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Title: Gallionellaceae in rice root plaque: metabolic roles in iron oxidation, nutrient cycling, and plant interactions

On the roots of wetland plants such as rice, Fe(II) oxidation forms Fe(III) oxyhydroxide-rich plaques that modulate plant nutrient and metal uptake. The microbial roles in catalyzing this oxidation have been debated and it is unclear if these iron-oxidizers mediate other important biogeochemical and plant interactions. To investigate this, we studied the microbial communities, metagenomes, and geochemistry of iron plaque on field-grown rice, plus the surrounding rhizosphere and bulk soil. Plaque iron content (per mass root) increased over the growing season, showing continuous deposition. Analysis of 16S rRNA genes showed abundant Fe(II)-oxidizing and Fe(III)-reducing bacteria (FeOB and FeRB) in plaque, rhizosphere, and bulk soil. FeOB were enriched in relative abundance in plaque, suggesting FeOB affinity for the root surface. Gallionellaceae FeOBSideroxydanswere enriched during vegetative and early reproductive rice growth stages, while aGallionellawas enriched during reproduction through grain maturity, suggesting distinct FeOB niches over the rice life cycle. FeRBAnaeromyxobacterandGeobacterincreased in plaque later, during reproduction and grain ripening, corresponding to increased plaque iron. Metagenome-assembled genomes revealed that Gallionellaceae may grow mixotrophically using both Fe(II) and organics. TheSideroxydansare facultative, able to use non-Fe substrates, which may allow colonization of rice roots early in the season. FeOB genomes suggest adaptations for interacting with plants, including colonization, plant immunity defense, utilization of plant organics, and nitrogen fixation. Taken together, our results strongly suggest that rhizoplane and rhizosphere FeOB can specifically associate with rice roots, catalyzing iron plaque formation, with the potential to contribute to plant growth.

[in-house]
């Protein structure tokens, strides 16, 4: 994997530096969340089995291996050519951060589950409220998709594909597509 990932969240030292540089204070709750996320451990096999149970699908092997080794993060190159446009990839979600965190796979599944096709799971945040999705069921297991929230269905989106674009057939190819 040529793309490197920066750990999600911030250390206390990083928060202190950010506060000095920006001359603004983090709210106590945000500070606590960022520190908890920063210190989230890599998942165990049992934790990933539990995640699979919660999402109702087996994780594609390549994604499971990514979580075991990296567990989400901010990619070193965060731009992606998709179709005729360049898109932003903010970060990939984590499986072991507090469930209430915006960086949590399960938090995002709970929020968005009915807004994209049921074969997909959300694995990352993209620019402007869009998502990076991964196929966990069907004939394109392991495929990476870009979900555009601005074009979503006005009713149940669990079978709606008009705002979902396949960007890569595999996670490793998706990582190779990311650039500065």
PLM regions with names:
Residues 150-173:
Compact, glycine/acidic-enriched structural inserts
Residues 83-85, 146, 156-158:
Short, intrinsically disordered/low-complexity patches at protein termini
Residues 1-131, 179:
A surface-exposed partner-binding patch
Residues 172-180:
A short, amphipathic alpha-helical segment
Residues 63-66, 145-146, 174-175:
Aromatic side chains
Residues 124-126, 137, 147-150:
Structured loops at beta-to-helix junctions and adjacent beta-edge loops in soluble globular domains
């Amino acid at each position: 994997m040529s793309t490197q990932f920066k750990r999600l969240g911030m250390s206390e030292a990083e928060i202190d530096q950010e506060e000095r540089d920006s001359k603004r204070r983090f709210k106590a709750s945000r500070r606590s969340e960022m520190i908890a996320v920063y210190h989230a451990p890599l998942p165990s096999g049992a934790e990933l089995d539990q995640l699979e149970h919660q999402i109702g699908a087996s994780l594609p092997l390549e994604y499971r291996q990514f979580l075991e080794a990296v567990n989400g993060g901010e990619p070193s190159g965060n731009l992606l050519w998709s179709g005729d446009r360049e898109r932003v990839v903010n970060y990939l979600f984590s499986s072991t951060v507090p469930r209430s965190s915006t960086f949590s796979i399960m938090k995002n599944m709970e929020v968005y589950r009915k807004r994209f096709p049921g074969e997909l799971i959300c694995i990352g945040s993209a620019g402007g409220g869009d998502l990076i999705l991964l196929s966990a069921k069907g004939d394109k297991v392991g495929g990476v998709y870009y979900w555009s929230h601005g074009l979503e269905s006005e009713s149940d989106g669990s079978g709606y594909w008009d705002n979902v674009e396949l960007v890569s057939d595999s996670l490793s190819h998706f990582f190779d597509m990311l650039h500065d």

In waterlogged soils, iron plaque forms a reactive barrier between the root and soil, collecting phosphate and metals such as arsenic and cadmium. It is well established that iron-reducing bacteria solubilize iron, releasing these associated elements. In contrast, microbial roles in plaque formation have not been clear. Here, we show that there is a substantial population of iron oxidizers in plaque, and furthermore, that these organisms (SideroxydansandGallionella) are distinguished by genes for plant colonization and nutrient fixation. Our results suggest that iron-oxidizing and iron-reducing bacteria form and remodel iron plaque, making it a dynamic system that represents both a temporary sink for elements (P, As, Cd, C, etc.) as well as a source. In contrast to abiotic iron oxidation, microbial iron oxidation results in coupled Fe-C-N cycling, as well as microbe-microbe and microbe-plant ecological interactions that need to be considered in soil biogeochemistry, ecosystem dynamics, and crop management.

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Author(s) / Creator(s):
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Glass, Jennifer B.
Publisher / Repository:
Applied and Environmental Microbiology
Date Published:
Journal Name:
Applied and Environmental Microbiology
Medium: X
Sponsoring Org:
National Science Foundation
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